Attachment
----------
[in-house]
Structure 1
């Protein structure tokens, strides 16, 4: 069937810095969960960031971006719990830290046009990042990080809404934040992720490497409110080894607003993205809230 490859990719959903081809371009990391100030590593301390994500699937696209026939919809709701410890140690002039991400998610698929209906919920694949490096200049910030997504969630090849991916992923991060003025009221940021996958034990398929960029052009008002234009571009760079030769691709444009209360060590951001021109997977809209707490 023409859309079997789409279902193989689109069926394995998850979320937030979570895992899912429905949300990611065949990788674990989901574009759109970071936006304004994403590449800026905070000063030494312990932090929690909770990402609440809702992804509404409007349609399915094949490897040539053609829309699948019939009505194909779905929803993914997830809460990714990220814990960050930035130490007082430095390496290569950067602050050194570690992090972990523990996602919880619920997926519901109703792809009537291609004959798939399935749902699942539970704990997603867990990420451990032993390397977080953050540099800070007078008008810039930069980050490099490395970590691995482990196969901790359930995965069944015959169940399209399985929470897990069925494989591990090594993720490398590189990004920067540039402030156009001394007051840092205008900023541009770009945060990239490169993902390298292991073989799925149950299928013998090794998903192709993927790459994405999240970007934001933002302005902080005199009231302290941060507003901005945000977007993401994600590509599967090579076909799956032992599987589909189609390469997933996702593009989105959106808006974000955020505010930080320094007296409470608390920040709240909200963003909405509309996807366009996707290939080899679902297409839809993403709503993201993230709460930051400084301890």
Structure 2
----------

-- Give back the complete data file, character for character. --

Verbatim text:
[in-house]
Structure 1
């Protein structure tokens, strides 16, 4: 069937810095969960960031971006719990830290046009990042990080809404934040992720490497409110080894607003993205809230 490859990719959903081809371009990391100030590593301390994500699937696209026939919809709701410890140690002039991400998610698929209906919920694949490096200049910030997504969630090849991916992923991060003025009221940021996958034990398929960029052009008002234009571009760079030769691709444009209360060590951001021109997977809209707490 023409859309079997789409279902193989689109069926394995998850979320937030979570895992899912429905949300990611065949990788674990989901574009759109970071936006304004994403590449800026905070000063030494312990932090929690909770990402609440809702992804509404409007349609399915094949490897040539053609829309699948019939009505194909779905929803993914997830809460990714990220814990960050930035130490007082430095390496290569950067602050050194570690992090972990523990996602919880619920997926519901109703792809009537291609004959798939399935749902699942539970704990997603867990990420451990032993390397977080953050540099800070007078008008810039930069980050490099490395970590691995482990196969901790359930995965069944015959169940399209399985929470897990069925494989591990090594993720490398590189990004920067540039402030156009001394007051840092205008900023541009770009945060990239490169993902390298292991073989799925149950299928013998090794998903192709993927790459994405999240970007934001933002302005902080005199009231302290941060507003901005945000977007993401994600590509599967090579076909799956032992599987589909189609390469997933996702593009989105959106808006974000955020505010930080320094007296409470608390920040709240909200963003909405509309996807366009996707290939080899679902297409839809993403709503993201993230709460930051400084301890």
Structure 2